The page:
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*To*: "'atlas-comm@cs.utk.edu'" <atlas-comm@cs.utk.edu>, "'math-atlas-devel@lists.sourceforge.net'" <math-atlas-devel@lists.sourceforge.net>, "'math-atlas-results@lists.sourceforge.net'" <math-atlas-results@lists.sourceforge.net>*Subject*: Trying to build an SSE optimized sgemm kernel for Athlon...*From*: "Wilkens, Tim" <wilkens@uiuc.edu>*Date*: Mon, 22 Oct 2001 11:34:06 -0500

Hi Everyone, I'm trying to build a matrix * matrix single precision ( AxB ) optimized kernel for the Athlon. However, I'm having problems getting high throughput. I thought maybe someone here could help me out. I'm using SSE. The kernel of my code.. involves multiplying a 64x64 submatrix of A times a 64x64 submatrix of B. The submatrices are prefetched into cache.. and this kernel should fly at the speed of light. Both submatrix A and B are in L1. My efforts to date are just for testing purposes, so the blocking factor of 64 is likely to change. But for those interested.. I have also tested blocking factors of NB = 36 and NB = 48. I multiply 4 rows of submatrix A at a single time times a column of submatrix B.Then I move to the next 4 rows of submatrix A... and so on. The entire multiplication of submatrix A times a "single" column of B is completely unrolled. Then I loop over the columns of B. It's pivotal that I get "stellar performance" in the dot product 4 rows of submatrix A upon the 64 floats in the column of B submatrix. The data is arranged as such: ** register "edi" points to the first element of submatrix A ** register "esi" points to the column of submatrix B Notes: ====== I bias the edi and esi registers by 128 bytes.. so I can sweep through the entire 64 floats (256 bytes) of each row of A. In this format: [edi-128] == address of first element of first row of submatrix A [edi+112] == address of last element of first row of submatrix A SSE uses xmm registers and each contains 4 floats.. or 16 bytes. So I load 16 bytes at a time into the xmm registers. Ok.. the code goes something like this: ========================================================================= . .. ... add edi,128 add esi,128 mov eax,256 ; size in bytes of a single row of submatrix A mov ebx,768 ; size in bytes of a 3 rows of submatrix A xorps xmm5,xmm5 xorps xmm6,xmm6 xorps xmm7,xmm7 xorps xmm8,xmm8 movaps xmm1,XMMWORD PTR [edi-128] ; First 4 floats of row 1 of A movaps xmm2,XMMWORD PTR [edi+eax-128] ; First 4 floats of row 2 of A movaps xmm3,XMMWORD PTR [edi+eax*2-128]; First 4 floats of row 3 of A movaps xmm4,XMMWORD PTR [edi+ebx-128] ; First 4 floats of row 4 of A mulps xmm1,XMMWORD PTR [esi-128] ; multipy 4 #'s of row 1 with col mulps xmm2,XMMWORD PTR [esi-128] ; multipy 4 #'s of row 2 with col mulps xmm3,XMMWORD PTR [esi-128] ; multipy 4 #'s of row 3 with col mulps xmm4,XMMWORD PTR [esi-128] ; multipy 4 #'s of row 4 with col addps xmm5,xmm1 ; accumulate dot product of row 1 with col addps xmm6,xmm2 ; accumulate dot product of row 2 with col addps xmm7,xmm3 ; accumulate dot product of row 3 with col addps xmm8,xmm4 ; accumulate dot product of row 4 with col ; WE HAVE HANDLED 4 FLOATS now.. so we must load xmm registers ; with data 16 bytes in front of our previous accesses movaps xmm1,XMMWORD PTR [edi-112] movaps xmm2,XMMWORD PTR [edi+eax-112] movaps xmm3,XMMWORD PTR [edi+eax*2-112] movaps xmm4,XMMWORD PTR [edi+ebx-112] mulps xmm1,XMMWORD PTR [esi-112] mulps xmm2,XMMWORD PTR [esi-112] mulps xmm3,XMMWORD PTR [esi-112] mulps xmm4,XMMWORD PTR [esi-112] addps xmm5,xmm1 addps xmm6,xmm2 addps xmm7,xmm3 addps xmm8,xmm4 movaps xmm1,XMMWORD PTR [edi-96] movaps xmm2,XMMWORD PTR [edi+eax-96] movaps xmm3,XMMWORD PTR [edi+eax*2-96] movaps xmm4,XMMWORD PTR [edi+ebx-96] mulps xmm1,XMMWORD PTR [esi-96] mulps xmm2,XMMWORD PTR [esi-96] mulps xmm3,XMMWORD PTR [esi-96] mulps xmm4,XMMWORD PTR [esi-96] addps xmm5,xmm1 addps xmm6,xmm2 addps xmm7,xmm3 addps xmm8,xmm4 movaps xmm1,XMMWORD PTR [edi-80] movaps xmm2,XMMWORD PTR [edi+eax-80] movaps xmm3,XMMWORD PTR [edi+eax*2-80] movaps xmm4,XMMWORD PTR [edi+ebx-80] mulps xmm1,XMMWORD PTR [esi-80] mulps xmm2,XMMWORD PTR [esi-80] mulps xmm3,XMMWORD PTR [esi-80] mulps xmm4,XMMWORD PTR [esi-80] addps xmm5,xmm1 addps xmm6,xmm2 addps xmm7,xmm3 addps xmm8,xmm4 . .. ... ========================================================================= i'm not getting stellar performance in each 12 SSE instruction package above. In each package.. there are 32 floating point operations. it's taking me.. I believe 13 cycles to execute each of these instructions. Consequently.. the maximum throughput in FLOPS/CYCLE would be 32/13 = 2.46 FLOPS/CYCLE. This is much to low. does anybody see anything wrong with how I've set up these instructions. I do realize that the first move instruction in each package is 4 bytes.. the other 3 are 5 bytes.. which means I can not decode more than 1 in any given clock cycle. Is this a problem, or can the Athlon only decode AND EXECUTE 1 movaps instruction per clock cycle. Any and all help is greatly appreciated. I do not have a P4 and am not familiar with it's capabilities.. though I wonder how many of the following instructions: movaps mulps addps the p4 can execute in a given clock cycle. Thanks for any assistance... tim wilkens BTW.. this message has also been posted on comp.lang.asm here: http://groups.google.com/groups?hl=en&group=comp.lang.asm.x86&selm=7b1e74d1. 0110211952.146ca68a%40posting.google.com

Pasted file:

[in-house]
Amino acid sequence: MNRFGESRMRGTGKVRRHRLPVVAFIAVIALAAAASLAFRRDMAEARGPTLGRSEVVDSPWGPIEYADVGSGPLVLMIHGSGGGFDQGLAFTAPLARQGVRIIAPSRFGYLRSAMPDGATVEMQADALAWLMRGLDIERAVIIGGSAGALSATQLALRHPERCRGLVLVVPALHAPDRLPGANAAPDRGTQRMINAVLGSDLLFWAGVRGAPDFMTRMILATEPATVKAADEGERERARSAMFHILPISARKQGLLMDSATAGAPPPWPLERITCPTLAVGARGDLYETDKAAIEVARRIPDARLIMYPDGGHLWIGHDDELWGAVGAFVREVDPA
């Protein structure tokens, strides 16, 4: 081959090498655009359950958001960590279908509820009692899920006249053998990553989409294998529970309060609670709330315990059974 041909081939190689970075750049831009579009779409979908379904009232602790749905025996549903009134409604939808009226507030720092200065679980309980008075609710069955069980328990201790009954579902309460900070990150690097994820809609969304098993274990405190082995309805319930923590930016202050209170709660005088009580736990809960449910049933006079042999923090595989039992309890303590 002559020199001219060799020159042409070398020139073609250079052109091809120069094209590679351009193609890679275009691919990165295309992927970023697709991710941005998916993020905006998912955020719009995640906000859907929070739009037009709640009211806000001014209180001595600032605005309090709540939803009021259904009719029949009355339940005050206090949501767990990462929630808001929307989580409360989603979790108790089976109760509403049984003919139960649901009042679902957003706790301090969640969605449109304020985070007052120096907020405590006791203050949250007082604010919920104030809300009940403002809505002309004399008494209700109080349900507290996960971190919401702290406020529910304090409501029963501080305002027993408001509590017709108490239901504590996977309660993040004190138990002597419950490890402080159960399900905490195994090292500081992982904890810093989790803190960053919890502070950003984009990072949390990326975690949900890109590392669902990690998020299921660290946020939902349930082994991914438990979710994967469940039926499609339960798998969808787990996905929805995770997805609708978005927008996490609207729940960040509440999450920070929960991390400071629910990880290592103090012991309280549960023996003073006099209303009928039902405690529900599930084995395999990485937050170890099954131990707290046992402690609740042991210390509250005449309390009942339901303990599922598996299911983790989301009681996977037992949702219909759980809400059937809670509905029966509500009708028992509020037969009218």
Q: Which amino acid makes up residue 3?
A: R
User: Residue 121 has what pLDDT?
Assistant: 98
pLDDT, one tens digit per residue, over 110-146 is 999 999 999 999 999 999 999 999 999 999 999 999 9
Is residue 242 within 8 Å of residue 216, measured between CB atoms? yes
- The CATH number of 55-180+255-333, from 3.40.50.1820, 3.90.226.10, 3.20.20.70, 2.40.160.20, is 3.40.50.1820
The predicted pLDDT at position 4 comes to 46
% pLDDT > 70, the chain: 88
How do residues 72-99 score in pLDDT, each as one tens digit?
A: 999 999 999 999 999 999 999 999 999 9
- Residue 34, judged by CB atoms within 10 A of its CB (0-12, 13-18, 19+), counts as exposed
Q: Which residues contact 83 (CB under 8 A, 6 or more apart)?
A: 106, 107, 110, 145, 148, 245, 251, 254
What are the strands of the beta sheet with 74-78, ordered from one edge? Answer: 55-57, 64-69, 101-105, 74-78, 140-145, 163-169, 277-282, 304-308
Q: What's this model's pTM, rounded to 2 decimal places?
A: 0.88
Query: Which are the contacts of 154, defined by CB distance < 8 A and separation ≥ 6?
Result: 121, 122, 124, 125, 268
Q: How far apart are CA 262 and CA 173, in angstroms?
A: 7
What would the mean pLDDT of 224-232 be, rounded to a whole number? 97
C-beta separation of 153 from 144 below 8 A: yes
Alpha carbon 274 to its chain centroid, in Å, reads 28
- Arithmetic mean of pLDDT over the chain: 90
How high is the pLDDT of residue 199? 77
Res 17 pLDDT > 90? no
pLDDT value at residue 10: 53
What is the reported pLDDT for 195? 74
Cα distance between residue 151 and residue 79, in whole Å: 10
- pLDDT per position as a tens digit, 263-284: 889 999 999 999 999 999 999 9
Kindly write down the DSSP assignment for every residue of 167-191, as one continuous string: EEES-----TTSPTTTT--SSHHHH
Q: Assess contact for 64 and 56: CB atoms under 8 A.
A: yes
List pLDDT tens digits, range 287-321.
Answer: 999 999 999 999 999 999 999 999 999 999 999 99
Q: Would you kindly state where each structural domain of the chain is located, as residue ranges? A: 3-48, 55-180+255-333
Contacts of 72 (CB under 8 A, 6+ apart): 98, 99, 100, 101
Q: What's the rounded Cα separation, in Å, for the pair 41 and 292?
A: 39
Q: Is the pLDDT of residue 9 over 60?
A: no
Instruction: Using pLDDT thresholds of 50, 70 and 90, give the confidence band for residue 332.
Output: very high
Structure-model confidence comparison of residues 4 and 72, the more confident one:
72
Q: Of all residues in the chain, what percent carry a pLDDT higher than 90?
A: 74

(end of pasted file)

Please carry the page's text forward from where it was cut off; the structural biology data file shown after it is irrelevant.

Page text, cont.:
**Follow-Ups**:**Re: Trying to build an SSE optimized sgemm kernel for Athlon...***From:*Peter Soendergaard <soender@cs.utk.edu>

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